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‘More work to do’ on institutional racism at Bristol City Council

The council has been tackling the problem following a damning review into the death of Bijan Ebrahimi and complaints of racial discrimination by council staff.


A top official at Bristol City Council has admitted there is “lots more work to do” to tackle institutional racism at City Hall.

Director of finance Denise Murray concluded in a recent report that the council had finished work it had undertaken to address “a number” of staff complaints about racial discrimination. 

The 2017 review found “evidence of both discriminatory behaviour and institutional racism on the part of Bristol City Council”

When challenged on her official conclusion, however, Murray conceded that  “there’s lots more work to do in this area”.

“We continue to make good progress,” she told a member of the council’s audit committee last week. 

The report to the committee set out how the council had addressed four significant issues identified in its annual governance statement from 2018/19.

One of these was “a number of complaints of racial discrimination that were raised by the BAME [black and minority ethnic] staff led group”.

The complaints were the subject of a detailed investigation by Bristol Live last year, and followed an independent review into the tragic death of Iranian refugee Bijan Ebrahimi.

Mr Ebrahimi was murdered and set on fire by a racist neighbour in 2013 after years of complaining about being harassed by his neighbours. His body was discovered outside his flat in the Broomhill area of Brislington.

The 2017 review found “evidence of both discriminatory behaviour and institutional racism on the part of Bristol City Council”, prompting a swift promise of change from city mayor Marvin Rees, who took office in 2016. 

A year after the review, Bristol Live’s investigation uncovered a host of complaints of racist bullying or discrimination, which victims claimed had not been dealt with effectively by HR processes.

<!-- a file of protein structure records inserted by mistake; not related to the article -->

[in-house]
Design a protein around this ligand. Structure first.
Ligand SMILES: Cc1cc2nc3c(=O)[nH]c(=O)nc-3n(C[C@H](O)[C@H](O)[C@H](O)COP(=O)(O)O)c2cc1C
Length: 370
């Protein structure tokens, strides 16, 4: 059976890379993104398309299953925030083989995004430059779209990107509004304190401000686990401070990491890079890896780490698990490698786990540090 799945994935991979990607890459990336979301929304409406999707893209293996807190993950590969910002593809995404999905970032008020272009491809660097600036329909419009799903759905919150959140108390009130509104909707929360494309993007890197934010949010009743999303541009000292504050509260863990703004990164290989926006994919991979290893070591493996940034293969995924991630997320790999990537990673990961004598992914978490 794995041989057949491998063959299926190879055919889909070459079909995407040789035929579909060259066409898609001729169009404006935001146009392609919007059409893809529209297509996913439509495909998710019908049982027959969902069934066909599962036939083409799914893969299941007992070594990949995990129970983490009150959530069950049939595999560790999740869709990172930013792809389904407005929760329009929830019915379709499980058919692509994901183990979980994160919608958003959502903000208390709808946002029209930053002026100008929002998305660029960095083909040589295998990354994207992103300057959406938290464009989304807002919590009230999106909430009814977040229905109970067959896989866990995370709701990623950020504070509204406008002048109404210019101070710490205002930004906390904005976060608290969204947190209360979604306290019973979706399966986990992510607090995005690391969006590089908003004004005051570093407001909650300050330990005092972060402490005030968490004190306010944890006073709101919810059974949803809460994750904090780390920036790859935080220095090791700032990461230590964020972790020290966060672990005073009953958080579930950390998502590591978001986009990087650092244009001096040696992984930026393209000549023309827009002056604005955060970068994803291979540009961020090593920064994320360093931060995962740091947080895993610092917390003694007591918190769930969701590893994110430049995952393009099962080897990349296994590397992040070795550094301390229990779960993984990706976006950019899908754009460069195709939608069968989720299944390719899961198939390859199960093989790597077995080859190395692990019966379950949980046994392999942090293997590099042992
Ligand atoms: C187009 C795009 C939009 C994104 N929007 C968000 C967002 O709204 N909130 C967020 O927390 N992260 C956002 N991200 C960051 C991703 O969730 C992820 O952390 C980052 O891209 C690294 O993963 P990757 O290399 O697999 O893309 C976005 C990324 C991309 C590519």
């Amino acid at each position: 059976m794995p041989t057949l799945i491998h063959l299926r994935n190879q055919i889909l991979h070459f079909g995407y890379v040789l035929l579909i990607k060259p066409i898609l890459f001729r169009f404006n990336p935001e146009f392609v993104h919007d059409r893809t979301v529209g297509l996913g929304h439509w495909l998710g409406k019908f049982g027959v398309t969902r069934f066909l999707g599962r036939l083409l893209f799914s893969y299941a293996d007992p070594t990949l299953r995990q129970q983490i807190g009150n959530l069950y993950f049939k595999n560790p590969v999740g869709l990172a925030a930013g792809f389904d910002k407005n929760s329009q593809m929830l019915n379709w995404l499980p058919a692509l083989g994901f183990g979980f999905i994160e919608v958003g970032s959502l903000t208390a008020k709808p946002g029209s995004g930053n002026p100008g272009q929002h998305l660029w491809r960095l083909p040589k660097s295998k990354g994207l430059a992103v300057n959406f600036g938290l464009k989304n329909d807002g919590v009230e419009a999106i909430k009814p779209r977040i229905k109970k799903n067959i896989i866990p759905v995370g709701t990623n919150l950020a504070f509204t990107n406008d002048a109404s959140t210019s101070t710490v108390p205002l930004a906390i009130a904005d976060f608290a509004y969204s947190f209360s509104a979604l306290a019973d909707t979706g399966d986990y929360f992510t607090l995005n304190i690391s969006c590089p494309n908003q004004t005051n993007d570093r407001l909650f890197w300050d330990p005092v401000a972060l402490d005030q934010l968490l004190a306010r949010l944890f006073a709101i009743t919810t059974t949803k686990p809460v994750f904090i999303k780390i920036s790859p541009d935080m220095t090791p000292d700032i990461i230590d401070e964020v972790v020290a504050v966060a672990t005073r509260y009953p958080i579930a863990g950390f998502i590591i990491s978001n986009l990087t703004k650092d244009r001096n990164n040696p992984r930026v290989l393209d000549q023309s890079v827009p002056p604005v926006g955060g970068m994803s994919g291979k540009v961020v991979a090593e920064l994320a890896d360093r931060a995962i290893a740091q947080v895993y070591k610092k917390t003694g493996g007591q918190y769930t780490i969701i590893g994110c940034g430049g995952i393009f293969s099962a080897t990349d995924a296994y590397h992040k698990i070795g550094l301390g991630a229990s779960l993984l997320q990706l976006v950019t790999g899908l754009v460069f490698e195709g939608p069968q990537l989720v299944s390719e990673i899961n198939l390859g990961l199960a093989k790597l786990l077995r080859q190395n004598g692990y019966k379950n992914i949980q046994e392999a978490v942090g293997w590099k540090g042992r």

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One senior official resigned and the council admitted its historic record on equality and diversity had not been “anywhere near where it should be”.

Murray’s report to the audit committee on May 28 concluded that work to address the complaints about racial discrimination was “status green – completed and evidenced”. 

But committee member Clive Stevens challenged the assessment, saying: “This is such a big issue that it can’t be solved just by answering complaints so therefore I query whether it should be green.”

Murray replied saying that all the actions agreed to address the issue had been completed, including resolving all of the individual complaints. She said: “Our HR team have actually followed up on each of those complaints and spoke to the complainant and also involved the staff-led groups, and have confirmed that those are deemed to be resolved.

“I believe that they have sought assurance from the complainant that they believe their complaint is actually resolved.”

She added that the whistleblowing process had also been changed to give “greater assurance and greater confidence”. The changes followed a council finding that fears of reprisals were deterring whistleblowers from reporting wrongdoing by colleagues. 

Other actions completed as agreed included appointing a new head of equality and inclusion, establishing an equalities board, revising HR policies, introducing equalities training, monitoring areas needing attention identified in a 2019 staff survey, and adding an extra question about whistleblowing procedures in the 2020 staff survey, according to the report.

Murray said: “Unfortunately, as a result of Covid, we haven’t finally analysed the results from that [2020 survey].

“But I think it’s clear to say that all of the points that we’d agreed that we would take away, the actions that we indicated that we would follow through on, have all been followed through and the results that we’re seeing in the survey are showing an improved trend.

“There’s lots more work to do in this area and we continue to make good progress and follow through on that work.”

Murray said the council would keep the matter under “constant review” to ensure it has “actually built confidence in the organisation and our staff”.

“I would say that we have but the evidence will be the journey and the trend as we continue to monitor the survey results year on year,” she said.

When approached by the Local Democracy Reporting Service for further information, the council would not divulge the exact number of complaints of racial discrimination in 2018/19.

A council spokesperson said there was “no more detail” to add to last year’s coverage by Bristol Live, which reported nearly 70 people had complained to BME group leaders by February 2019.

The council adopted a new equality and inclusion policy and strategy in 2018 when it claimed to have introduced “considerable and lasting changes including new advice, guidance and training for staff about equality, diversity and inclusion”.


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